Arizona gubernatorial candidate Katie Hobbs would not name one limit she supports on abortion, even when given multiple opportunities.
The Democratic frontrunner discussed abortion with a local CBS reporter Sunday night who questioned Hobbs on what her limits on abortion would be, pointing to the state’s new law that bans most abortions after 15 weeks.
“What would your limits be on this,” the reporter asked. “This limits nearly all abortions after 15 weeks. Where do you draw the line?”
“Well, women deserve access to abortion care,” said Hobbs, without addressing the question. “Abortion is healthcare. I’ve been very clear on my position on that throughout my time in the Legislature.”
“So if I’m elected governor, that’s what folks are getting,” she continued. “And I will work with the Legislature that’s in place to ensure that women have continued access to reproductive healthcare.”
The host pressed her again, asking, “But where do you draw the line though? I mean, if it’s not 15 weeks, is it 24 weeks? Where do you draw the line where you say, ‘OK abortions after this point of time, no, it’s a no go?’”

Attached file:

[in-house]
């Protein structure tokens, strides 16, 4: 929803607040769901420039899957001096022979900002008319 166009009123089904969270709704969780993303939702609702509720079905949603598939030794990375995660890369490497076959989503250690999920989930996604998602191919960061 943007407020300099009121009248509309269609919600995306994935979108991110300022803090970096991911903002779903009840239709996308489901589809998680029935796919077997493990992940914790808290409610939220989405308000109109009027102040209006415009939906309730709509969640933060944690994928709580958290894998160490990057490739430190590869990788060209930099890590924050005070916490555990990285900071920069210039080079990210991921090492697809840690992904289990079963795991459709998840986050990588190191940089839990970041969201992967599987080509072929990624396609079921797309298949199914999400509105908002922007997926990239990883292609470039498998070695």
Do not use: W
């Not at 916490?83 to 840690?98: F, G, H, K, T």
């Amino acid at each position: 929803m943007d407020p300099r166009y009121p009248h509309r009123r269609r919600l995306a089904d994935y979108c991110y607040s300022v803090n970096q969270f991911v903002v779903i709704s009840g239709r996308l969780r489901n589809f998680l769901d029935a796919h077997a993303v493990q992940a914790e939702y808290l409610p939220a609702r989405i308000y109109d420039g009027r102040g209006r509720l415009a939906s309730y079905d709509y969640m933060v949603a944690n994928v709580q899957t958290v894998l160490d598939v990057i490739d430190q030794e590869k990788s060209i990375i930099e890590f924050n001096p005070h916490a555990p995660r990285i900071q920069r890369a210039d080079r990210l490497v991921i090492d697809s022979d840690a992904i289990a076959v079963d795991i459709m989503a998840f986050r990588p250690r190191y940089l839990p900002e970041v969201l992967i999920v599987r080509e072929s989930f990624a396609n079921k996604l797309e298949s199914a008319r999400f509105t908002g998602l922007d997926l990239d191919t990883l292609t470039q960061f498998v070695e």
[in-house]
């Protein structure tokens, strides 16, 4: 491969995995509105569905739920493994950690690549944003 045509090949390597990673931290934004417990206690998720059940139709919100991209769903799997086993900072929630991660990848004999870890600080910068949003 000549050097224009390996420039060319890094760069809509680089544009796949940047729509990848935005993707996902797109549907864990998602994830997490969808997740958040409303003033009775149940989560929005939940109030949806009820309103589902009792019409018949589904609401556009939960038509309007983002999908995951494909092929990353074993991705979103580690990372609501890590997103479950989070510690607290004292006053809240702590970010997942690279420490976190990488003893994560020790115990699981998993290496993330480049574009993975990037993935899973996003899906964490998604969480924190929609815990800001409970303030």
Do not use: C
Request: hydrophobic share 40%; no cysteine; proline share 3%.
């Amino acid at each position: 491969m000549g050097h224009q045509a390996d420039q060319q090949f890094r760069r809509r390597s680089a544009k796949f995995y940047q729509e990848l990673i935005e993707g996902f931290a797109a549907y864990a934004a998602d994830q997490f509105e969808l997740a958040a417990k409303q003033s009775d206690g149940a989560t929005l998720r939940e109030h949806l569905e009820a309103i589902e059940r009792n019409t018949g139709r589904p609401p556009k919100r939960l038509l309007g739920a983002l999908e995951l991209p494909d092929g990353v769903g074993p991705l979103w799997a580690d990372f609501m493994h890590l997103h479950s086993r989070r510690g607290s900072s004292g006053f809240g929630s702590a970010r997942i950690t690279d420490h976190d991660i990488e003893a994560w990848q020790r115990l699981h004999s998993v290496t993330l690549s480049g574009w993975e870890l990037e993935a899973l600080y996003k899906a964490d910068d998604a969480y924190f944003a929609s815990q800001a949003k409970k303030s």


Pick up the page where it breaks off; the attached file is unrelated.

Hobbs did not name one limit that she would oppose on abortion.
“Abortion is a personal decision between a woman and her family and her doctor,” she said. “And that’s something that needs to be discussed in the medical exam room, not by politicians.”
Hobbs did not immediately respond to a request for comment from The Daily Wire.
Her discussion with the CBS affiliate refers to legislation signed by Republican Arizona Gov. Doug Ducey last week. In addition to the state’s new law banning most abortions after 15 weeks, Ducey also signed legislation banning gender confirmation surgeries for minors and biological males from competing in women’s sports.
Arizona is considered a battleground state when it comes to pro-life issues: in March, CatholicVote launched a six-figure ad campaign urging Hispanic voters to challenge pro-abortion Catholic senators in both Arizona and Nevada over their recent votes on the Women’s Health Protection Act.
Building on Wall Street Journal polling showing that Republicans are gaining support among both black and Hispanic voters, the six-figure campaign zoned in on Democratic Arizona Sen. Mark Kelly over his vote on the progressive abortion legislation (which the United States Conference of Catholic Bishops has dubbed “the most radical abortion bill of all time”).
“Our campaign is designed to educate and mobilize Hispanic voters to hold key Senators accountable for their radically misplaced priorities,” CatholicVote President Brian Burch said in a statement at the time.
“As these voters ask their elected officials to address skyrocketing gas prices, soaring crime and inflation, and the lingering consequences of excessive COVID mandates, senators in both Nevada and Arizona are instead pushing extreme abortion laws,” he added. “The real priorities of Hispanic voters are being ignored.”